Traveling for next few weeks

I’m going to be traveling for the next few weeks. I’ll be at three different conferences:

I’ll probably be much slower to respond to emails and tweets while I’m on the road.

Are vaccines safe?

A lot of parents hear different things about the MMR vaccine (that’s measles, mumps, and rubella) or the flu or chicken pox or pertussis vaccine and wonder “How safe are vaccines?” It’s not a stupid question, given the conflicting information you might hear from different sources.

I’ve been doing research about vaccines and vaccine safety because I recently caught a mild case of pertussis (whooping cough). I also researched vaccines last year as part of my preparation for a trip to Africa. The research that I’ve done leads me to believe that your child is much better off getting vaccinated than not getting a vaccine.

Here’s some data points to help you make up your mind. The American Academy of Pediatrics (AAP) has a good overview of relevant medical studies (PDF link), including studies of autism and vaccinations:

The concerns regarding vaccine safety have received a great deal of attention by parents, doctors, vaccine manufacturers and the media. Dozens of studies have been performed in the United States and elsewhere. The purpose of this document is to list those studies and provide links to the publications to allow parents and all those who administer or recommend vaccines to read the evidence for themselves. The studies provided have been published in peer-reviewed medical journals. These studies do not show any link between MMR vaccine, thimerosal and autism.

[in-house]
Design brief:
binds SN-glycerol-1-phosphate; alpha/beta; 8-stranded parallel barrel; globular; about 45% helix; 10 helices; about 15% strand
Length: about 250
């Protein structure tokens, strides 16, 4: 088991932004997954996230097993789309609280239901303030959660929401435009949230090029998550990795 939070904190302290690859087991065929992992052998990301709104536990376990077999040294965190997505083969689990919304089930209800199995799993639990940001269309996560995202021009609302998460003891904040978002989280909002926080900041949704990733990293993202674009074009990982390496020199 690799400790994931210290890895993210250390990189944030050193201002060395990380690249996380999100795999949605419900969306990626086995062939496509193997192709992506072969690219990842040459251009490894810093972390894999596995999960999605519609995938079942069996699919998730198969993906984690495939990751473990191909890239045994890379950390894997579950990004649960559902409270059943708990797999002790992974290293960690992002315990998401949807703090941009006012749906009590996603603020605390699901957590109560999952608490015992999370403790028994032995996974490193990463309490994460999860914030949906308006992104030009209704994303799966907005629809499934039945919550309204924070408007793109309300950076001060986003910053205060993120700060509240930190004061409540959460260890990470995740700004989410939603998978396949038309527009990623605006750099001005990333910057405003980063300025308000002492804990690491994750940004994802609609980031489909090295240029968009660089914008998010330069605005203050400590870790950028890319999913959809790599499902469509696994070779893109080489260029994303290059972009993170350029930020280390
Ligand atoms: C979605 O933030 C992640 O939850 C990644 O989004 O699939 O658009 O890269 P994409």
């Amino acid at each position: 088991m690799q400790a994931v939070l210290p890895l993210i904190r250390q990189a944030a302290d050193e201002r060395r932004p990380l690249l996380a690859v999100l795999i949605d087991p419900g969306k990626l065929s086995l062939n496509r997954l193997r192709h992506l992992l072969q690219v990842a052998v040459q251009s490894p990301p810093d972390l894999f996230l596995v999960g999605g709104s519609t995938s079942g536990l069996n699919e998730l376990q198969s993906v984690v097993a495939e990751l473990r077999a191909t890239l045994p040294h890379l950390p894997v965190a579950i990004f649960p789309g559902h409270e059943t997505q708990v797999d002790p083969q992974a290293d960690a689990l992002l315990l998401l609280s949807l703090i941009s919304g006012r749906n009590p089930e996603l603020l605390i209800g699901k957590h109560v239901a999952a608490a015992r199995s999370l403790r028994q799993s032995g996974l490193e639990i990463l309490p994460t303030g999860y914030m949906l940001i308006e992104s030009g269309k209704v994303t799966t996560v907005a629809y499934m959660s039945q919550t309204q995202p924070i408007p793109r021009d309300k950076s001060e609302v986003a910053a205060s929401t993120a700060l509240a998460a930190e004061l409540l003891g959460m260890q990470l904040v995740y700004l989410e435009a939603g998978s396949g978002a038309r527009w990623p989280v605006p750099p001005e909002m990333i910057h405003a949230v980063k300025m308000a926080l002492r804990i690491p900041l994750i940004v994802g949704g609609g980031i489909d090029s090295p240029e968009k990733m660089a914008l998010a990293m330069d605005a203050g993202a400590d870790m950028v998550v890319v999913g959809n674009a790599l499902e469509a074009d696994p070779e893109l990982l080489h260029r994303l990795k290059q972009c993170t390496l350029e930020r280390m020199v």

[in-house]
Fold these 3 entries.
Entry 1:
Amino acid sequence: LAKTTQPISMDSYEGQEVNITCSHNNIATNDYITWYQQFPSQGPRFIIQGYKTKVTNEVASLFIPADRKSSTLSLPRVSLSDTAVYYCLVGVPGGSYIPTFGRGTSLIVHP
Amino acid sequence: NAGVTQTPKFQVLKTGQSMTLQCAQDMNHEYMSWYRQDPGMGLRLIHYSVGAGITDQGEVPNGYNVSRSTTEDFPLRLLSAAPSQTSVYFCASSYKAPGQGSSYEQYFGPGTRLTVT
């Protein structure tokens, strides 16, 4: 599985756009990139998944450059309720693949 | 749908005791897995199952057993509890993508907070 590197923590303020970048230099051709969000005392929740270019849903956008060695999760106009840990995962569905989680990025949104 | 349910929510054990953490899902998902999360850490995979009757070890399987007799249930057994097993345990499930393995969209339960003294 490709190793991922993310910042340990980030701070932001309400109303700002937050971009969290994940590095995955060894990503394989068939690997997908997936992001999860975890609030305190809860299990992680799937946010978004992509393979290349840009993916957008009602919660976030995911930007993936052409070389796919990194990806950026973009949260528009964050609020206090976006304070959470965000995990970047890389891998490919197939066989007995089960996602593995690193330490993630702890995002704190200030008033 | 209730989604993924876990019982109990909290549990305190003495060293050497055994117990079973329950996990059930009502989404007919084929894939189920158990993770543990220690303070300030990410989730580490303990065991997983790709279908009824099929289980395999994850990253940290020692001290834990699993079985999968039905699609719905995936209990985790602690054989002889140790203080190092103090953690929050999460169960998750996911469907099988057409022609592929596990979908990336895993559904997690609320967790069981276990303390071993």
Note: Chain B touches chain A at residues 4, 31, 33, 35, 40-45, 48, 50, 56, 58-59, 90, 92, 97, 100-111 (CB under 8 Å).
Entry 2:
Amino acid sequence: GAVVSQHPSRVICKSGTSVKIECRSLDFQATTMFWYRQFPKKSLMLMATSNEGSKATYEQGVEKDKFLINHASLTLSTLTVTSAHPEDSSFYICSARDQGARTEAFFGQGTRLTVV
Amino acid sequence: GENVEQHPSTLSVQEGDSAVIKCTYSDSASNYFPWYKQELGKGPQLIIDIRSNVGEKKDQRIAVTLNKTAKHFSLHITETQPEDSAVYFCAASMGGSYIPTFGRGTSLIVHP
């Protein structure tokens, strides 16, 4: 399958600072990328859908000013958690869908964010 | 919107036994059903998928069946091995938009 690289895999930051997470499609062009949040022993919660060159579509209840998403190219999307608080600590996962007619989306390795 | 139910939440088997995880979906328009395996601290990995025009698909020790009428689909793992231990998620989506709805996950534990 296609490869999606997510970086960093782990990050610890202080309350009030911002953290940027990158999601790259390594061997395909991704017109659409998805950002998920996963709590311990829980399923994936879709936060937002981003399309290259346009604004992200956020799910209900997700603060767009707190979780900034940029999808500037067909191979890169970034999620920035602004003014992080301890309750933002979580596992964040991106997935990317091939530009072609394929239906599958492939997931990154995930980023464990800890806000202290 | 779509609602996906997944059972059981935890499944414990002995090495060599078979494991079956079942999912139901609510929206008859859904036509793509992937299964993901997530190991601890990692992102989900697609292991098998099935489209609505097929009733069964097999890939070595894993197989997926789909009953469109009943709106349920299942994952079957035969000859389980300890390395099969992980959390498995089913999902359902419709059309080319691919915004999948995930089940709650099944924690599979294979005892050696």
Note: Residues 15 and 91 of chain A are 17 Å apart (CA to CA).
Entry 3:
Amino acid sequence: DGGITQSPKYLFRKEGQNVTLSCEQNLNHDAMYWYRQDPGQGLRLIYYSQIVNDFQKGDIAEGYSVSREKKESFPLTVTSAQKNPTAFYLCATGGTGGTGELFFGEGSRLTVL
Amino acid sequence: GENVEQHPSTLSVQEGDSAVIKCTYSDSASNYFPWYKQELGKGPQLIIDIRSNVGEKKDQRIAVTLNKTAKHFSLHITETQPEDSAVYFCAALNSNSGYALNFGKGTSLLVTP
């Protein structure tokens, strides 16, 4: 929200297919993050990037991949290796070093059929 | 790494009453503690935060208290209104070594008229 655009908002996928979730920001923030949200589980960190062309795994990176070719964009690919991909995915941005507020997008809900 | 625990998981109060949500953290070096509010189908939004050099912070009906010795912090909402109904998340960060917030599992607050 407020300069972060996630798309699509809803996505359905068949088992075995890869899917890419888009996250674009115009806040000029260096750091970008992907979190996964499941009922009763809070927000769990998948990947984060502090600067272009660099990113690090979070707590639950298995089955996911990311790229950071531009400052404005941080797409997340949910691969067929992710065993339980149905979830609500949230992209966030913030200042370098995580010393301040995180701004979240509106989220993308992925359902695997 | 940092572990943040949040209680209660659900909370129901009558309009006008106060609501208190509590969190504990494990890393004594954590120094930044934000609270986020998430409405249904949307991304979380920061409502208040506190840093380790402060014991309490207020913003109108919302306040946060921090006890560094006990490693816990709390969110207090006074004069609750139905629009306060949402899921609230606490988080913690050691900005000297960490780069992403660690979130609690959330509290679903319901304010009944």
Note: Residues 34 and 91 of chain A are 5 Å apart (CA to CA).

A lot of people worry that children might get too many vaccinations. The AAP talks about that as well:

One study published in 2010 was conducted in response to concerns about the total number of vaccines children receive. In this study (the last one listed in this document), researchers found infants who followed the recommended vaccine schedule performed better on 42 different neuropsychological outcomes years later than children who delayed or skipped vaccinations. This should reassure parents that vaccinating their children on schedule is safe and is the best way to protect them from disease.